Boston’s Hubway. Photo by Luis Tamayo on Flickr.

2011 closes as the last year that Washington will probably lead the nation in bike sharing stations after having the most in 2010 and 2011. In 2012, New York City will launch a 600-station system, dwarfing DC’s system.

Here are the current US bike sharing systems, ranked by number of stations. The list is more impressive than last year’s version.

Nationwide, the total number of cities with bike sharing expanded from 8 to 18, and the total number of bikesharing stations more than doubled, from 251 to 559.

  1. Washington/Arlington, DC/VA: 140 stations
  2. Minneapolis/Saint Paul, MN: 115 stations
  3. Miami Beach, FL: 70 stations
  4. Boston, MA: 61 stations
  5. Denver, CO: 52 stations*
  6. Madison, WI: 27 stations
  7. Broward County, FL: 20 stations
  8. San Antonio, TX: 20 stations
  9. Boulder, CO: 15 stations*
  10. Washington State University - Pullman, WA: 8 stations
  11. Chicago, IL: 7 stations
  12. Omaha, NE: 5 stations
  13. University of California - Irvine: 4 stations
  14. Des Moines, IA: 4 stations
  15. Tulsa, OK: 4 stations
  16. Louisville, KY: 3 stations
  17. Kailua, HI: 2 stations
  18. Spartanburg, SC: 2 stations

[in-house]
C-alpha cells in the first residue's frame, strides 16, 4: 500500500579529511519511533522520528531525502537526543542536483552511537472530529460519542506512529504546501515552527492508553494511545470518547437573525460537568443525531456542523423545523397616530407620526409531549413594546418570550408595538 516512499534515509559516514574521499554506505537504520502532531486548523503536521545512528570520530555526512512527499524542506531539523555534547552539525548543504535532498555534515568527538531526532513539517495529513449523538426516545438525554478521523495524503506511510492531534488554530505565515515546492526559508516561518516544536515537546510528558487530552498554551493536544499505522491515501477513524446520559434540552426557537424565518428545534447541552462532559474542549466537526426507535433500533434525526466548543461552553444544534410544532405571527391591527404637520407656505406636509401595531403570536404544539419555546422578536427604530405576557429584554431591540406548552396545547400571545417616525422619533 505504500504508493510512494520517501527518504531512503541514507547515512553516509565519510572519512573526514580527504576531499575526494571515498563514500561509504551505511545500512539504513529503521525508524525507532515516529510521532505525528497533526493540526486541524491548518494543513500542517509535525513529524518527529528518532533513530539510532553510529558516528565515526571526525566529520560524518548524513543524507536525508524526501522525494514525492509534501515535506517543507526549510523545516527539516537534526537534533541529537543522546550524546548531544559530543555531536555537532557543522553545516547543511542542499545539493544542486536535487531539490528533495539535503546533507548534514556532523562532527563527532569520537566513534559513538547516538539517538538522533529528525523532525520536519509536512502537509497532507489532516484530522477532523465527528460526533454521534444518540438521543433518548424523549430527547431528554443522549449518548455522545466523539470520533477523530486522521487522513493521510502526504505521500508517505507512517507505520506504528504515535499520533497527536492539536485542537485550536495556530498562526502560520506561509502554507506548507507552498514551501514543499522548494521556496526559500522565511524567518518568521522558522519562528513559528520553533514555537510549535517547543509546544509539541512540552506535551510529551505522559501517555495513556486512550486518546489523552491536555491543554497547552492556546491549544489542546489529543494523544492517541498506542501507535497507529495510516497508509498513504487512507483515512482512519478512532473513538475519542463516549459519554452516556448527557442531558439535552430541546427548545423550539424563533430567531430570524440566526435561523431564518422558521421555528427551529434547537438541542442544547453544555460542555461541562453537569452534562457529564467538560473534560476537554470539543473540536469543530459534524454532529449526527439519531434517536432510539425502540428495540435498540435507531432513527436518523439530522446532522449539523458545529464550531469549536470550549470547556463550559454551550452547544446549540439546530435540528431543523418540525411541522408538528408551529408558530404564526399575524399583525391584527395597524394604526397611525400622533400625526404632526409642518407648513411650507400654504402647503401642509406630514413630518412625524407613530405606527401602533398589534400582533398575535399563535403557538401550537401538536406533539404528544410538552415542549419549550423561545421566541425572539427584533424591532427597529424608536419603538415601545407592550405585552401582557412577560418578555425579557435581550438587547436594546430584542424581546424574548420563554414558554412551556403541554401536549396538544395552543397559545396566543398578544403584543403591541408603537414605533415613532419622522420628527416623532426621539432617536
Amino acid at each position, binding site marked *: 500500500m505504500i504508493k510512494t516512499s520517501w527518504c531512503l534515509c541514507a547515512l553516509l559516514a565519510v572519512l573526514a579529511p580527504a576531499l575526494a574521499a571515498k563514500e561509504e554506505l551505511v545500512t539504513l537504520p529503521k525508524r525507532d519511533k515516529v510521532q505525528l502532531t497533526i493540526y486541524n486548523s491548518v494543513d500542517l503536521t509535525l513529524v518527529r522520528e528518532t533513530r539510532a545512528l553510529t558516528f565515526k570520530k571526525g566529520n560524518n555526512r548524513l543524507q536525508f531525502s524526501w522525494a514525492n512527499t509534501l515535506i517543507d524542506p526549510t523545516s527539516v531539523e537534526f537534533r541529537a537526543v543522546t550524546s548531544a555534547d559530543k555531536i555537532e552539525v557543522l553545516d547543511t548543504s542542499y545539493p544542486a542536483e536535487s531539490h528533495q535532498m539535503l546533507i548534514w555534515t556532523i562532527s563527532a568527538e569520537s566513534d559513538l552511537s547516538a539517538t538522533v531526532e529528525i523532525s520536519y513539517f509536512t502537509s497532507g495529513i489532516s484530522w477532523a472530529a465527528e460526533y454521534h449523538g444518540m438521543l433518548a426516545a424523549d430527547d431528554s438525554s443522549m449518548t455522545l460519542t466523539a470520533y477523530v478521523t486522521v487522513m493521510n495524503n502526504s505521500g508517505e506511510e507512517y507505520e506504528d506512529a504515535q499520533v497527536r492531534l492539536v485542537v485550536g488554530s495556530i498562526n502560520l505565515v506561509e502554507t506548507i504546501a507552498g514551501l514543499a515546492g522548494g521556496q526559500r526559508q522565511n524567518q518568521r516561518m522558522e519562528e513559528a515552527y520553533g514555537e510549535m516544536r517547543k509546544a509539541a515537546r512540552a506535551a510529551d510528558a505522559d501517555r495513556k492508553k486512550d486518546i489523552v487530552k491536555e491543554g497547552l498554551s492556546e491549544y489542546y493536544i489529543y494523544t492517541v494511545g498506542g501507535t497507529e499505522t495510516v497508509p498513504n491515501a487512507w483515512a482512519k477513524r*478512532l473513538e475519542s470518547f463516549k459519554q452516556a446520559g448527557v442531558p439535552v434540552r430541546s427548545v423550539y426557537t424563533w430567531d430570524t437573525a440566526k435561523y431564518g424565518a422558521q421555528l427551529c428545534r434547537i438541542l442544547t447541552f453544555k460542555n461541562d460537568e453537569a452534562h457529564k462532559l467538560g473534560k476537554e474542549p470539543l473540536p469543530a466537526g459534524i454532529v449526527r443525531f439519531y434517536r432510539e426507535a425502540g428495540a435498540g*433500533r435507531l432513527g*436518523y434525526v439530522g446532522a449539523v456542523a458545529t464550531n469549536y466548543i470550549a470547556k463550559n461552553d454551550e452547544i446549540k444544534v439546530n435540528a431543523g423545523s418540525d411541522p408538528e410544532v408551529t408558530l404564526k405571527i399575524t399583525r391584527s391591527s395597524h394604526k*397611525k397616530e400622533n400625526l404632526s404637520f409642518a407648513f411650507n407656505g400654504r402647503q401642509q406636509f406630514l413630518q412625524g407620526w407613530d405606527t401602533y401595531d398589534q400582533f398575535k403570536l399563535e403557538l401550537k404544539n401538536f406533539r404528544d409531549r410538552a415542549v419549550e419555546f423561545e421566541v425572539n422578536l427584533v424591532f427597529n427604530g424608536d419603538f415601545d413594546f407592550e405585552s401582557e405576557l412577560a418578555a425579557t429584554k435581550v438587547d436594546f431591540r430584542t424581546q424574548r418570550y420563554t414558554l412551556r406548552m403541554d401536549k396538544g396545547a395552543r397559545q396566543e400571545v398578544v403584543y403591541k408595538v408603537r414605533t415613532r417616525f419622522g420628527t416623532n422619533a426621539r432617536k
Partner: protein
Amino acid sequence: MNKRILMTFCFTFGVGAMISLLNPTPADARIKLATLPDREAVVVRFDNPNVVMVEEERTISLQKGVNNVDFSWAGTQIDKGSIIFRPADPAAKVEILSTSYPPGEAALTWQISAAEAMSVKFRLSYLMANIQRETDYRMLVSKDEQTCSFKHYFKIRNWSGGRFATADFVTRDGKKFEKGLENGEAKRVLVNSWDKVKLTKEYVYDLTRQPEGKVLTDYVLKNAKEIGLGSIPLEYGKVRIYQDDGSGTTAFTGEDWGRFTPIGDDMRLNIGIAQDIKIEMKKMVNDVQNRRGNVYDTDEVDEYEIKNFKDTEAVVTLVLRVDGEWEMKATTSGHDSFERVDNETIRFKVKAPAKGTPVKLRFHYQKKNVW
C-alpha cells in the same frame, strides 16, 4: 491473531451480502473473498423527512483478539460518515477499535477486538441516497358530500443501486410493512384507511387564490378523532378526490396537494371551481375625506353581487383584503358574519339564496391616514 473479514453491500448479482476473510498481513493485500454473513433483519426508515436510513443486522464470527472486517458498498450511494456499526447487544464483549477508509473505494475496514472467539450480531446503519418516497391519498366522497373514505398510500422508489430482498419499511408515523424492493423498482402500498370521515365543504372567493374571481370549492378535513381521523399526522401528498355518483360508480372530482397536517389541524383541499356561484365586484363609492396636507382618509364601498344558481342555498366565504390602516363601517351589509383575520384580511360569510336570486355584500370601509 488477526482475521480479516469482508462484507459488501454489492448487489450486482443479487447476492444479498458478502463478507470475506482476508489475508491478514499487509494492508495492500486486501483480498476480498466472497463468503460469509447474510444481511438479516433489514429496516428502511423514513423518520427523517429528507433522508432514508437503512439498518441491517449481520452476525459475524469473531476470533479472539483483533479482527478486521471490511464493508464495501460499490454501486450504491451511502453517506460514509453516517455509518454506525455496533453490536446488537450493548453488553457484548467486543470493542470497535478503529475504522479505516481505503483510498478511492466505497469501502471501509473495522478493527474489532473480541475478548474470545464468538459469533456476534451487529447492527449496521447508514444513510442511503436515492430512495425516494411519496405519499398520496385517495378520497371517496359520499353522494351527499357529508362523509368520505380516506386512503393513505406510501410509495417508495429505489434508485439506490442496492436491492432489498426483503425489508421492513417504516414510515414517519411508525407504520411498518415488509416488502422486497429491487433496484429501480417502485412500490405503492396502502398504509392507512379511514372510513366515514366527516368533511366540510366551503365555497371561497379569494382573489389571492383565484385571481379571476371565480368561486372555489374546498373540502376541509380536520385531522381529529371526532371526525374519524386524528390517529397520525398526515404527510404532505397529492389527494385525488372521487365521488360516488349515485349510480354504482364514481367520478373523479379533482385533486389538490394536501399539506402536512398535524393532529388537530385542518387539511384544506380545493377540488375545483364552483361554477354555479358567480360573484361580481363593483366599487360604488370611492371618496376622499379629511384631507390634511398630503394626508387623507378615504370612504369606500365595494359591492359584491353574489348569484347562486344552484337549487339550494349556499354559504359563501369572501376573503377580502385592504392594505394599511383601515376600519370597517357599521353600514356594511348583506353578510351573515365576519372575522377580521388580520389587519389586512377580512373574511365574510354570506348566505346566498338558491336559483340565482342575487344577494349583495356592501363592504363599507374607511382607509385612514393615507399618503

For the second straight year Washington’s Capital Bikeshare was the largest system, but CaBi will begin to face more serious competition in 2012 and 2013 as a number of new cities begin to launch their own networks. Baltimore is expected to launch with 30 stations next year, Chicago may build up to 300, and most notably of all: New York is moving forward with a 600-station behemoth system.

Data for this list was compiled with the help of The Bike-Sharing Blog’s excellent map of world bike sharing.

* Denver and Boulder are counted separately, but cross-honor memberships. Combined, the system has a total 67 stations.

Cross-posted at BeyondDC.

Dan Malouff is a transportation planner for Arlington and professor of geography at George Washington University, but blogs to express personal views. He has a degree in urban planning from the University of Colorado and lives in northeast DC. He runs BeyondDC and contributes to the Washington Post .